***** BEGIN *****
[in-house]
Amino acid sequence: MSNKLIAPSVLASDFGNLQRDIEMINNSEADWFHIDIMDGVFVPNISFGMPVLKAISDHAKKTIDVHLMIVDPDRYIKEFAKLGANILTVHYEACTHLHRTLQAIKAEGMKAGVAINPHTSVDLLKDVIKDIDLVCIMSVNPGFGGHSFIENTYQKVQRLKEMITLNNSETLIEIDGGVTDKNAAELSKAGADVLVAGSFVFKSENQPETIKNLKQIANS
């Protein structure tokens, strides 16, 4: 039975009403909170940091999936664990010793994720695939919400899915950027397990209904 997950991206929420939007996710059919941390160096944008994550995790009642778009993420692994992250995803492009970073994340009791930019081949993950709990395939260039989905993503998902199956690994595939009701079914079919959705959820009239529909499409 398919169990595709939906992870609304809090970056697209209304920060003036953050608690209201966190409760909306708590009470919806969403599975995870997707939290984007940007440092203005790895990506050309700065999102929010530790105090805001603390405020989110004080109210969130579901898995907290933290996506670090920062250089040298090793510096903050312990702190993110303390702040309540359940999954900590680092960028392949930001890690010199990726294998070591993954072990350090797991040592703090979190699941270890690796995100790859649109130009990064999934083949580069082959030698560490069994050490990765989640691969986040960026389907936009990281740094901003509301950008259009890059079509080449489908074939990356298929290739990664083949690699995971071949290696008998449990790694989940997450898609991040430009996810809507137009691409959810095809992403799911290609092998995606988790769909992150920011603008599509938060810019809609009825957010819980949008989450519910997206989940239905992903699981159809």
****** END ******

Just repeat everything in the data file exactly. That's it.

[in-house]
Amino acid sequence: MSNKLIAPSVLASDFGNLQRDIEMINNSEADWFHIDIMDGVFVPNISFGMPVLKAISDHAKKTIDVHLMIVDPDRYIKEFAKLGANILTVHYEACTHLHRTLQAIKAEGMKAGVAINPHTSVDLLKDVIKDIDLVCIMSVNPGFGGHSFIENTYQKVQRLKEMITLNNSETLIEIDGGVTDKNAAELSKAGADVLVAGSFVFKSENQPETIKNLKQIANS
């Protein structure tokens, strides 16, 4: 039975009403909170940091999936664990010793994720695939919400899915950027397990209904 997950991206929420939007996710059919941390160096944008994550995790009642778009993420692994992250995803492009970073994340009791930019081949993950709990395939260039989905993503998902199956690994595939009701079914079919959705959820009239529909499409 398919169990595709939906992870609304809090970056697209209304920060003036953050608690209201966190409760909306708590009470919806969403599975995870997707939290984007940007440092203005790895990506050309700065999102929010530790105090805001603390405020989110004080109210969130579901898995907290933290996506670090920062250089040298090793510096903050312990702190993110303390702040309540359940999954900590680092960028392949930001890690010199990726294998070591993954072990350090797991040592703090979190699941270890690796995100790859649109130009990064999934083949580069082959030698560490069994050490990765989640691969986040960026389907936009990281740094901003509301950008259009890059079509080449489908074939990356298929290739990664083949690699995971071949290696008998449990790694989940997450898609991040430009996810809507137009691409959810095809992403799911290609092998995606988790769909992150920011603008599509938060810019809609009825957010819980949008989450519910997206989940239905992903699981159809």